Mr. Minefield next contends that the forfeiture of the defendant currency as a penalty for the underlying drug offenses is so grossly disproportionate that it violates the Eighth Amendment's Excessive Fines Clause.[6] In regards to this assertion, the United States argues that remedial forfeitures, as allegedly in this case, are not punishment so as to invoke the strictures of the Eighth Amendment, and therefore, the United States contends that the court need not even consider the Eighth Amendment in its analysis of this case.

In addressing this contention, the court recognizes that the Supreme Court of the United States has held that civil forfeiture is subject to the limitations of the Eighth Amendment's Excessive Fines Clause. Austin v. United States, 509 U.S. 602, ____, 113 S. Ct. 2801, 2812, 125 L. Ed. 2d 488 (1993); Alexander v. United States, 509 U.S. 544, ____, 113 S. Ct. 2766, 2776, 125 L. Ed. 2d 441 (1993). However, the court also recognizes that the Fifth Circuit has stated that "the logic of Austin is inapplicable to § 881(a) (6)the forfeiture of drug proceeds." United States v. Tilley, 18 F.3d 295, 300 (5th Cir.), cert. denied, ___ U.S. ____, 115 S. Ct. 574, 130 L. Ed. 2d 490 (1994).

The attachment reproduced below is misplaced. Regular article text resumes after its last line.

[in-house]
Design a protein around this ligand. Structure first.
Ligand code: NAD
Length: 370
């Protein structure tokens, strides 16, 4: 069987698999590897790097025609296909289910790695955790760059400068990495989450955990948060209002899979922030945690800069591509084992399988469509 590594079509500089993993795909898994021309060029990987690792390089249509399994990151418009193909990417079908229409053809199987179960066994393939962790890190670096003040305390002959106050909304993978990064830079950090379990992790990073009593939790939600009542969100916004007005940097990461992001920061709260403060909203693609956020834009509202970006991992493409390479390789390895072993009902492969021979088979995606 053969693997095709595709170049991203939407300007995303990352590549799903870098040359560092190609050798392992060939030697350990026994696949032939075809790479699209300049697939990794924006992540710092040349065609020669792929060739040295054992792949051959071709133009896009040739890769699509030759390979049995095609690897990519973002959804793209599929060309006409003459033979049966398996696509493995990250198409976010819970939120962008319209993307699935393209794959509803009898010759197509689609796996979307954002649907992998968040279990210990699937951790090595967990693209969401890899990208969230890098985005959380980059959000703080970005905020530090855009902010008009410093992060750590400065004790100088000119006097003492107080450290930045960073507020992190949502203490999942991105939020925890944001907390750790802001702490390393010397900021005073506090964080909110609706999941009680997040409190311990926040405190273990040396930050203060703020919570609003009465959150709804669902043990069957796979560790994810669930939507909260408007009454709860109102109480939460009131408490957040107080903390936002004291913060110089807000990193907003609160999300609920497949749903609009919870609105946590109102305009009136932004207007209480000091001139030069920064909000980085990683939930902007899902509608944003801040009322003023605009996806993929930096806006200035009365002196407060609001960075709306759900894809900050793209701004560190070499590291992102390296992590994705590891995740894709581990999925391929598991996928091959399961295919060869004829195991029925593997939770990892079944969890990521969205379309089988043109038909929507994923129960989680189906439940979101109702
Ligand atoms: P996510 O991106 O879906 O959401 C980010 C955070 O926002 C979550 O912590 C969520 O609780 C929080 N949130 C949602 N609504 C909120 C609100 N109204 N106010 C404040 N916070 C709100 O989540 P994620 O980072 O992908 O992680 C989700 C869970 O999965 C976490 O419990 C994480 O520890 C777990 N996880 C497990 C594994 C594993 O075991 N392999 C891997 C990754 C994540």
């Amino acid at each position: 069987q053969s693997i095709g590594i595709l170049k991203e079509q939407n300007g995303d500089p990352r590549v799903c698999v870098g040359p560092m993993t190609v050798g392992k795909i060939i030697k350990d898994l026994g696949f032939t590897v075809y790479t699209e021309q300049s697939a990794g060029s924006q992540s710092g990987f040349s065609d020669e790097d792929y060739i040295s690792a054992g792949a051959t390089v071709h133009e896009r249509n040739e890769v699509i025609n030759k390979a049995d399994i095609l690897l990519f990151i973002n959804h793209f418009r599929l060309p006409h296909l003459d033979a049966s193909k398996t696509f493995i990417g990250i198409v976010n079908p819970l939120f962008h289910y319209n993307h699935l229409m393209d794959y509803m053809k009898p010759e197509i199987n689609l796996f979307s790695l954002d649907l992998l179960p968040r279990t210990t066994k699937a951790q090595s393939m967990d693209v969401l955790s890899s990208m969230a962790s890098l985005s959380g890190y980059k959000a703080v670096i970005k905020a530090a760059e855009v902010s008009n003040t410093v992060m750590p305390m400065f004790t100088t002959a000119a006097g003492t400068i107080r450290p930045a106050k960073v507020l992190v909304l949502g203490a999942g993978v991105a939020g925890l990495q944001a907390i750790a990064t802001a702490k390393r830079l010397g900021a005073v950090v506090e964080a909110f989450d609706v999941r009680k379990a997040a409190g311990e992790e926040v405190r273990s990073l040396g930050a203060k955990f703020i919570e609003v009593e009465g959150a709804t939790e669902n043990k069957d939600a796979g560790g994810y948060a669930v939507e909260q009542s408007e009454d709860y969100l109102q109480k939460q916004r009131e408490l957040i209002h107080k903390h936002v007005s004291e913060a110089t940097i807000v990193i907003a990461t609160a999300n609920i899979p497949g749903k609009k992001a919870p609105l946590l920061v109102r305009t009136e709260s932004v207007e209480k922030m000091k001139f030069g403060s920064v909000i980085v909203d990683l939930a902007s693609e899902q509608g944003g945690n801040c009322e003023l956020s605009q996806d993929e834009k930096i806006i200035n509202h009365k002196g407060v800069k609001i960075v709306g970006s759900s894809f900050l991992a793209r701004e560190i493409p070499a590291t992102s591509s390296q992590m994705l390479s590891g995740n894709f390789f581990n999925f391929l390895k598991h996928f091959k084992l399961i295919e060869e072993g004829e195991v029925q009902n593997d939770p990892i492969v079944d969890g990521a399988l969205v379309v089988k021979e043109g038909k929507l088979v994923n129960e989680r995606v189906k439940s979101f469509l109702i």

In Tilley, the Fifth Circuit held that the forfeiture of illegal drug proceeds cannot be considered punishment and thus subject to the Excessive Fines Clause, as it simply parts the owner with the fruits of the criminal activity. Id. at 300. The court's well reasoned discussion focused in part on the following: